Many still recall Henry Kissinger calling Bangladesh a ‘basket case’ with no future. Before the undisputed international villain of the 1970s (surprisingly a Nobel Prize winner) is dead, Bangladesh may end up achieving the status of a middle income nation.
It has already earned the status of a lower middle income nation , no mean achievement for a country that faces massive environmental challenges and has been described by the United Nations as one of the world’s “least developed countries” (LDCs). Having posted a 6 percent plus annual GDP growth over much of the the past decade, Bangladesh change in fortunes is palpable.
Nobody knows it better than us in Tripura, a border state. Gone are the days when you visited a border market only to be told everything goes over to Bangladesh, specially foodstuff. Now you have distinct Bangladesh fruits and vegetables, rice and fish coming over to our markets in Tripura. Obviously they have surplus for export, at least in the neighbourhood.
This has been achieved despite the recurrent cyclones, perennial floods, widespread riverbank erosion and a potential sea level rise predicted to put about 27 million people at risk over the next two decades .
The answer to how this has been made possible is simple: leadership. So those who continue to frown on Bangladesh as a ‘poor country’ (like West Bengal minister Sadhan Pande derisively said while addressing the Bangladesh Independence Day Programme in Calcutta) need to wake up.
Just sample three facts:
* Bangladesh’s annual GDP growth has been sustained at 6% per annum since 2010.
* Poverty has dropped to half of what it was 15 years ago — and dropped in a sustained fashion over the past five to six years. Extreme poverty in Bangladesh saw a constant fall from 17.4 percent in FY11 to 12.9 percent in FY16, to 12.1 percent in FY 17 and is likely to drop further to 11.4 percent next year, according to the World Bank.
* Bangladesh is now ahead of India in life expectancy at birth– 69.2 years compared to 65.8 years – while it’s GNI per capita (PPP adjusted) is 45 percent lower than that of India (UNDP (2013).
Mr Pande needs to realise that unlike his populist leader Mamata Banerjee who is champion in promotion of dole economy, Bangladesh has a leader who goes for long term growth and solutions. And unlike Banerjee who is clearly soft on Pakistan — she meets Pakistan envoy Basit several times but not Bangladesh diplomats who seek appointments with her only to be refused —Sheikh Hasina is tough on Pakistan. She told her nation on 26th March Independence Day celebrations that there was no place for the friends of Pakistan in Bangladesh.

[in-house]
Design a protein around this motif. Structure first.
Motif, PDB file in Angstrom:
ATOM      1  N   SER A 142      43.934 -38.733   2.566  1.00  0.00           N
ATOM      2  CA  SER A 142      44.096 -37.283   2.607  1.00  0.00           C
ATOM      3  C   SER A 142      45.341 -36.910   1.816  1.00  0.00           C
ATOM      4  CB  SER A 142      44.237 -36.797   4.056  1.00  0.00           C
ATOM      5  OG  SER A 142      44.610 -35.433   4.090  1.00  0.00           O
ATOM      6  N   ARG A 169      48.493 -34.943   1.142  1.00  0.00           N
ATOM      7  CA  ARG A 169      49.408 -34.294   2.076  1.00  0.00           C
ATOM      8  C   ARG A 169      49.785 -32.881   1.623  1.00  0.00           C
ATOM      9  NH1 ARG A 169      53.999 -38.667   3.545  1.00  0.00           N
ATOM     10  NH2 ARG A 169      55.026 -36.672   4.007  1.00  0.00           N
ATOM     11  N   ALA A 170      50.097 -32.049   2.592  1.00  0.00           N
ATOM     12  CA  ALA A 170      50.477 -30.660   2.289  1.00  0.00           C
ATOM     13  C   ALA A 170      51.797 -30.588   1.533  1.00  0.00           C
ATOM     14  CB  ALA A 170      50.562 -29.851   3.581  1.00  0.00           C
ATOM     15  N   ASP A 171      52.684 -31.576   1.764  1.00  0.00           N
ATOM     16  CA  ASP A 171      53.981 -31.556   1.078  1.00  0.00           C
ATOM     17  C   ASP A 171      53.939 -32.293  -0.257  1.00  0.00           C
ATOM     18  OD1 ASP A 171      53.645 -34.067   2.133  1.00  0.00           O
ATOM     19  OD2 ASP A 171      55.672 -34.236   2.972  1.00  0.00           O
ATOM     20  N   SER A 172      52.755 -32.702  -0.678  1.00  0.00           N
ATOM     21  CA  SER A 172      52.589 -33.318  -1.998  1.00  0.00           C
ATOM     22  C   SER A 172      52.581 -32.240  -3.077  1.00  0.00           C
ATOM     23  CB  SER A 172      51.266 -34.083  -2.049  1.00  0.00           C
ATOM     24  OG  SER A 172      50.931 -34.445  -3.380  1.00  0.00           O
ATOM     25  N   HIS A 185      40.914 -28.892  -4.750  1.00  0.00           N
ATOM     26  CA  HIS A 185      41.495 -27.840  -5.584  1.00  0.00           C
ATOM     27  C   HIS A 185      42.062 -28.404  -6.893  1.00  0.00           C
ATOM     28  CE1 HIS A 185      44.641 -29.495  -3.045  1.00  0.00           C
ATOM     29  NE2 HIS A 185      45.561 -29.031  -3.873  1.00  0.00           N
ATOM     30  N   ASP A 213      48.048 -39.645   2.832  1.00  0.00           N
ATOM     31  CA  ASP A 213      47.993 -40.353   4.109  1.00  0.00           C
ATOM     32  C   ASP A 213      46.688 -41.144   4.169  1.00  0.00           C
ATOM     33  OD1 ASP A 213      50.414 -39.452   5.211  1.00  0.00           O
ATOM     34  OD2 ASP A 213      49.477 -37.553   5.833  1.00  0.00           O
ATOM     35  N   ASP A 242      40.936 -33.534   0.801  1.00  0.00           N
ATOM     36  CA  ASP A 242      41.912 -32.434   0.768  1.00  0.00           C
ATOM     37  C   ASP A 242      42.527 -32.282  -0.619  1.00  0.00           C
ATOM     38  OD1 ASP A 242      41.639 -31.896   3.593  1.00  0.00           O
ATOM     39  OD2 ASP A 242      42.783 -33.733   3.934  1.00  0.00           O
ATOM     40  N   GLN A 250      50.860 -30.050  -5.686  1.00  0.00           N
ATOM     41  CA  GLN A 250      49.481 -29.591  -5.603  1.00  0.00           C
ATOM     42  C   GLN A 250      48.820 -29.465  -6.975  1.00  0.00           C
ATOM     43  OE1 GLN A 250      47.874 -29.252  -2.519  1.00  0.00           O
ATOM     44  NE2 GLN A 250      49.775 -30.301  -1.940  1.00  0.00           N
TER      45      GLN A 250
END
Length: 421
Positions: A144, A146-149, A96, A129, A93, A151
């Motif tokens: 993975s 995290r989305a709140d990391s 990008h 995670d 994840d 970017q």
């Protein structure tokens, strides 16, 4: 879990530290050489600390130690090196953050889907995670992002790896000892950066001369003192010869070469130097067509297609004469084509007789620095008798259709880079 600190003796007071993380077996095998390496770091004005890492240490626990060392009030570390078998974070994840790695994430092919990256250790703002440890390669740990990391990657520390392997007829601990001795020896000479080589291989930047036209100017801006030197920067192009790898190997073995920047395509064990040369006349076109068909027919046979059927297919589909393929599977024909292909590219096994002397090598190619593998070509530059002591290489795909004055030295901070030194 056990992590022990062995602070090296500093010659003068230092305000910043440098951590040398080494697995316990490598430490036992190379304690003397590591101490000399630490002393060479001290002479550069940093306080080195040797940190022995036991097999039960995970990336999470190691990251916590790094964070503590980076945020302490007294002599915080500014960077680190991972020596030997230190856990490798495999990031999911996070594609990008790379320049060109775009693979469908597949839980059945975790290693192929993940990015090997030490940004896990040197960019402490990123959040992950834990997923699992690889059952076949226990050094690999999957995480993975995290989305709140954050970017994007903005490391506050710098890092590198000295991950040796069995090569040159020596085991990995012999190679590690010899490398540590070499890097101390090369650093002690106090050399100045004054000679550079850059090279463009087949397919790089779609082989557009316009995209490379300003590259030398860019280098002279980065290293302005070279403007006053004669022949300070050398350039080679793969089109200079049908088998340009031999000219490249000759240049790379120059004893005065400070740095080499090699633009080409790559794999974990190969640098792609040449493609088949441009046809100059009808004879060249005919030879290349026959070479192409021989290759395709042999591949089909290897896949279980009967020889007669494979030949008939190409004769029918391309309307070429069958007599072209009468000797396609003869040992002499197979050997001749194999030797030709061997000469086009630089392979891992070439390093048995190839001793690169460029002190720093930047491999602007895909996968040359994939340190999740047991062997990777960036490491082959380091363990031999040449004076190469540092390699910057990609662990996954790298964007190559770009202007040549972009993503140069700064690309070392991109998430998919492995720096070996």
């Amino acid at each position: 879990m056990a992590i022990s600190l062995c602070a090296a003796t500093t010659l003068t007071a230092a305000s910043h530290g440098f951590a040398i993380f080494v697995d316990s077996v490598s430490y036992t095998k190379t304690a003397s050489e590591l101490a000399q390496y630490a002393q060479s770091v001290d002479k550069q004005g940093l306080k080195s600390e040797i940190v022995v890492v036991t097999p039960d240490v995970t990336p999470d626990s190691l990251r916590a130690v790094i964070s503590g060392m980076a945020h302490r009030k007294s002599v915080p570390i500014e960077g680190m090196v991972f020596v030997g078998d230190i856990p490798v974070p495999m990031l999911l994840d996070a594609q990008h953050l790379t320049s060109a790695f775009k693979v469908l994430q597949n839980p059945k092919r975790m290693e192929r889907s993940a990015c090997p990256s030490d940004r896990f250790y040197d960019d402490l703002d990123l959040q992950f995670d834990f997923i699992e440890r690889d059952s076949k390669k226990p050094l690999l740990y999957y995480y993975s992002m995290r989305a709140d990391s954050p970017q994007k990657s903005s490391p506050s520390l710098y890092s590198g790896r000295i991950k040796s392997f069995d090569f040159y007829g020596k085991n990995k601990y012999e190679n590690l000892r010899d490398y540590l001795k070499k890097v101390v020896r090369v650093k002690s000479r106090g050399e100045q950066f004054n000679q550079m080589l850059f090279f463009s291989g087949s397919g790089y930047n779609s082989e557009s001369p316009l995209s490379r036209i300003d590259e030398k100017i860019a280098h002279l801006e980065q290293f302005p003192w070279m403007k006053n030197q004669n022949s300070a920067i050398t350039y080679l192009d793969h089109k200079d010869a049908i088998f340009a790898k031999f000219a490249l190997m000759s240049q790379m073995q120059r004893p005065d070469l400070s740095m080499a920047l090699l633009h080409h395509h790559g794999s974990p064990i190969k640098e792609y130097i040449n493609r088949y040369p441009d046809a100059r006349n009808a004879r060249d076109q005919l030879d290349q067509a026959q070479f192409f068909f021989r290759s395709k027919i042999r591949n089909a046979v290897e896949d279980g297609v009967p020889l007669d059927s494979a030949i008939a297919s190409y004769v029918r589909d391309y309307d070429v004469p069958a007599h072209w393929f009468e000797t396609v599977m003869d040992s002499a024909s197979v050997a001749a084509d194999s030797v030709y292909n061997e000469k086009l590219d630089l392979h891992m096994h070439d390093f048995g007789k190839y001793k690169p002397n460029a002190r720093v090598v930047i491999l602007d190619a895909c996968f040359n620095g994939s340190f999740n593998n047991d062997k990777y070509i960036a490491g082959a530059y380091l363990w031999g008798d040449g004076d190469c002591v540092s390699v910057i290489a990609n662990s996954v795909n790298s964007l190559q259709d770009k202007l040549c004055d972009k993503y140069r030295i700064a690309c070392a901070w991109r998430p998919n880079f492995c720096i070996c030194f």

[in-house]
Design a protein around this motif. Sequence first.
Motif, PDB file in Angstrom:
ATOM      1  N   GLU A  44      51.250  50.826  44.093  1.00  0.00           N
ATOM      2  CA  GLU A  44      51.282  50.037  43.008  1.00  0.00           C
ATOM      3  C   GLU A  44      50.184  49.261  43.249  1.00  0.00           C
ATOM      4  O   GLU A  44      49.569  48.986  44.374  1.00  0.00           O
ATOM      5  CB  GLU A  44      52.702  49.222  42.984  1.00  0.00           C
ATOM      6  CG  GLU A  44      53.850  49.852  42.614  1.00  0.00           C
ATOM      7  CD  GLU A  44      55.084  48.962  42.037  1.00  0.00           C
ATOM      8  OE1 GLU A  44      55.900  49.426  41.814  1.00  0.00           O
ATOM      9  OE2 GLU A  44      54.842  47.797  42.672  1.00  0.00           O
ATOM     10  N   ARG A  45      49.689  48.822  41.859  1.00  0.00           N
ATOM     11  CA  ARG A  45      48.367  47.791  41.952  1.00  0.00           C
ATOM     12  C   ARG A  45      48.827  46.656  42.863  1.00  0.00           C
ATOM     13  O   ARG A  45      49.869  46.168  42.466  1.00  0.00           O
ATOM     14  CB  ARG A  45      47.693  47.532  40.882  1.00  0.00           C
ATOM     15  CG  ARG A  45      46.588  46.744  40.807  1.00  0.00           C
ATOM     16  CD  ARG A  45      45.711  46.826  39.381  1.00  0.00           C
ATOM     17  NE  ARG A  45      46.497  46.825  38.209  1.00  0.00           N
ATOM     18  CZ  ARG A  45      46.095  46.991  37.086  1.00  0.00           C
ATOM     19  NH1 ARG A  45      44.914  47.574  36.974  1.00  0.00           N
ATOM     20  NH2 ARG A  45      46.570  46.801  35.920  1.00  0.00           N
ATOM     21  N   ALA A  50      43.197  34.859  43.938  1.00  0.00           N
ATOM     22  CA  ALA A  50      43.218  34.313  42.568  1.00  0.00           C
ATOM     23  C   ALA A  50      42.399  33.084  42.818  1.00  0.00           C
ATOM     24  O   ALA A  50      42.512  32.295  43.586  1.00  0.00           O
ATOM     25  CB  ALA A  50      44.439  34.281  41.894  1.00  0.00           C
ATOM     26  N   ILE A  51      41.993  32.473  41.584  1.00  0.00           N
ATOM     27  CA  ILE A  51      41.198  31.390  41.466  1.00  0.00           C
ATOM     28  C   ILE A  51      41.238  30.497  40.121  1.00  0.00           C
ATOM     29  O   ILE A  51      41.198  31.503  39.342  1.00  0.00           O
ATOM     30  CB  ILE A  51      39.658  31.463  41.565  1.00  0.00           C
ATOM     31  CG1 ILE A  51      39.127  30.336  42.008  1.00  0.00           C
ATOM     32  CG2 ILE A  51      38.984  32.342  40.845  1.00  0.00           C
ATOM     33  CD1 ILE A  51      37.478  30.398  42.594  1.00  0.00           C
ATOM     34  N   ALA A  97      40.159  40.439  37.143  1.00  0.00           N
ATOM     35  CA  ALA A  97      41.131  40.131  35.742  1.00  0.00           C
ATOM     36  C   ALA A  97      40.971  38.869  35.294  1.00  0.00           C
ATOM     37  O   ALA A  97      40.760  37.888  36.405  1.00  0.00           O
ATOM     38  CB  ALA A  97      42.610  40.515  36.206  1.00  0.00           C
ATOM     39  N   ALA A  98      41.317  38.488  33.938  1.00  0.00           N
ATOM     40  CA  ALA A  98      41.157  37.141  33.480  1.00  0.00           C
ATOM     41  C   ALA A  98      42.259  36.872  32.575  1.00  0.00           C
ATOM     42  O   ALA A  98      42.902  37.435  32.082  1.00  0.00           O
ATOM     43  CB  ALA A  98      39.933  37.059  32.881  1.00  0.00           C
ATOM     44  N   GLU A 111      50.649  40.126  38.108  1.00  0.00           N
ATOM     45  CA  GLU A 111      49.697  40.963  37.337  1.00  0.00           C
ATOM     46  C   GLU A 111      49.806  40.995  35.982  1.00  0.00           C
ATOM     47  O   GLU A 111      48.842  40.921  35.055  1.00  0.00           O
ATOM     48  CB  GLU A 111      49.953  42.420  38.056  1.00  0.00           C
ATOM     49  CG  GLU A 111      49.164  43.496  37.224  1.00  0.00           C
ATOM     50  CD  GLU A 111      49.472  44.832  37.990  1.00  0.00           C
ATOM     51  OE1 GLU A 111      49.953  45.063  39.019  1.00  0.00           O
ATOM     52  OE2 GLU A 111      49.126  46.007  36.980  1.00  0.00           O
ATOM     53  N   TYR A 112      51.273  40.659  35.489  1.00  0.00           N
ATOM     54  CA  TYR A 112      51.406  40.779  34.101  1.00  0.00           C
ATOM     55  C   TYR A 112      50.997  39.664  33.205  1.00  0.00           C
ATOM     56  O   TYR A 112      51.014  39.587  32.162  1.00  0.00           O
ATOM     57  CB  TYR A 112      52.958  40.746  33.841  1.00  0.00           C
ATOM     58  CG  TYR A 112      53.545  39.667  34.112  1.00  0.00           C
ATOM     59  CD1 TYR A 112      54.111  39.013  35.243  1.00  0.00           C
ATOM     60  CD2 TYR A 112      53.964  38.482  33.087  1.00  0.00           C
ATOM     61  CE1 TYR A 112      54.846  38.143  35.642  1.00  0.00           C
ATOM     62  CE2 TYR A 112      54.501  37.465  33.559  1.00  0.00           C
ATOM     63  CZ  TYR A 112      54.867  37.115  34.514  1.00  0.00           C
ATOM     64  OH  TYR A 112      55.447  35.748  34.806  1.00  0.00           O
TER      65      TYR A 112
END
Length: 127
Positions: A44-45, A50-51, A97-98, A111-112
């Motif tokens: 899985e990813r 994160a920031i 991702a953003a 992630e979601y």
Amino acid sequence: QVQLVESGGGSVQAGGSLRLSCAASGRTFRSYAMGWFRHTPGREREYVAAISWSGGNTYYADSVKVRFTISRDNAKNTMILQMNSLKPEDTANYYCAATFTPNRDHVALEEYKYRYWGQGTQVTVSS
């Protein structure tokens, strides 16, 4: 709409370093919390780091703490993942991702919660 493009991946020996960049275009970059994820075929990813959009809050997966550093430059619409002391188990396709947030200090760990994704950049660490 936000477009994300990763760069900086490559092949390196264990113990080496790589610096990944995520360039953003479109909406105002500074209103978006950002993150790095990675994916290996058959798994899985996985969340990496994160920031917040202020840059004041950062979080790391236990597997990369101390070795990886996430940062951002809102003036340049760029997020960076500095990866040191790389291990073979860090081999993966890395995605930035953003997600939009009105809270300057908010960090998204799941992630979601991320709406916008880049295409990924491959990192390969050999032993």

Sheikh Hasina, the daughter of the assassinated Father of the Nation ‘Bangabandhu’ Sheikh Mujibur Rahman, a 70-year old lady, mother of two, has survived the trauma of losing almost her entire family in the bloody August 1975 coup.
She brought back her father’s party Awami League to power first in 1996 and then more decisively in Dec 2008. Her two full terms in power has been marked by ceaseless efforts by Pakistan and its fundamentalist allies to create lawlessness and chaos. She has crushed all such efforts and survived several assassination attempts that can be traced back to Pakistan.
The Singapore-based think-tank ‘Statistics International’ recently rated Hasina as the second best Prime Minister in the world — far ahead of our own Narendra Modi. Some have said Hasina deserves the Nobel Prize for leadership if there was such a category — she can’t be given one for Peace or Economics because the 1997 peace accord she signed in the embattled Chittagong Hill Tracts has not really worked and she has not made singular contribution to economics as a subject. But her successful policy of inclusive growth, as opposed to the self-defeating top-focused neo-liberal model adopted by India, has been touted as a role model for economic development in the Third World. Such considerable achievements have been made despite Hasina presiding over a political party that is increasingly losing its idealism and ending up as a collection of highly corrupt individuals, including some close to her and an administration again corrupt and rarely innovative.